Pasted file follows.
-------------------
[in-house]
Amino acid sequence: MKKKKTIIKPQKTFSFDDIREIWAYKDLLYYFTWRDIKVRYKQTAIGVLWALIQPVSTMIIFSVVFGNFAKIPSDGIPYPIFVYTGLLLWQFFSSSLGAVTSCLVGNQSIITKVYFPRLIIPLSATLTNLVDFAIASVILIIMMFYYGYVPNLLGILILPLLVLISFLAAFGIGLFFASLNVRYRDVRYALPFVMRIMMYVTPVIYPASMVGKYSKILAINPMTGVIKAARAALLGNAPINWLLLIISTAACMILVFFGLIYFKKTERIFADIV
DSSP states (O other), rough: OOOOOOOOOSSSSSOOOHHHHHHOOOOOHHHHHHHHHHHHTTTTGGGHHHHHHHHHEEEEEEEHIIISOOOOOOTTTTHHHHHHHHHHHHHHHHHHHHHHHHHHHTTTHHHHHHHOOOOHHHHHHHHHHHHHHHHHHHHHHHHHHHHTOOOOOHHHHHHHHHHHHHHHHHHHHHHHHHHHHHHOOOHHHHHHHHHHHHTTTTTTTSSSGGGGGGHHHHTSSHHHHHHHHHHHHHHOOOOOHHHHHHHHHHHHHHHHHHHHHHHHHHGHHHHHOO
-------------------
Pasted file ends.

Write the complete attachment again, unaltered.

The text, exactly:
[in-house]
Amino acid sequence: MKKKKTIIKPQKTFSFDDIREIWAYKDLLYYFTWRDIKVRYKQTAIGVLWALIQPVSTMIIFSVVFGNFAKIPSDGIPYPIFVYTGLLLWQFFSSSLGAVTSCLVGNQSIITKVYFPRLIIPLSATLTNLVDFAIASVILIIMMFYYGYVPNLLGILILPLLVLISFLAAFGIGLFFASLNVRYRDVRYALPFVMRIMMYVTPVIYPASMVGKYSKILAINPMTGVIKAARAALLGNAPINWLLLIISTAACMILVFFGLIYFKKTERIFADIV
DSSP states (O other), rough: OOOOOOOOOSSSSSOOOHHHHHHOOOOOHHHHHHHHHHHHTTTTGGGHHHHHHHHHEEEEEEEHIIISOOOOOOTTTTHHHHHHHHHHHHHHHHHHHHHHHHHHHTTTHHHHHHHOOOOHHHHHHHHHHHHHHHHHHHHHHHHHHHHTOOOOOHHHHHHHHHHHHHHHHHHHHHHHHHHHHHHOOOHHHHHHHHHHHHTTTTTTTSSSGGGGGGHHHHTSSHHHHHHHHHHHHHHOOOOOHHHHHHHHHHHHHHHHHHHHHHHHHHGHHHHHOO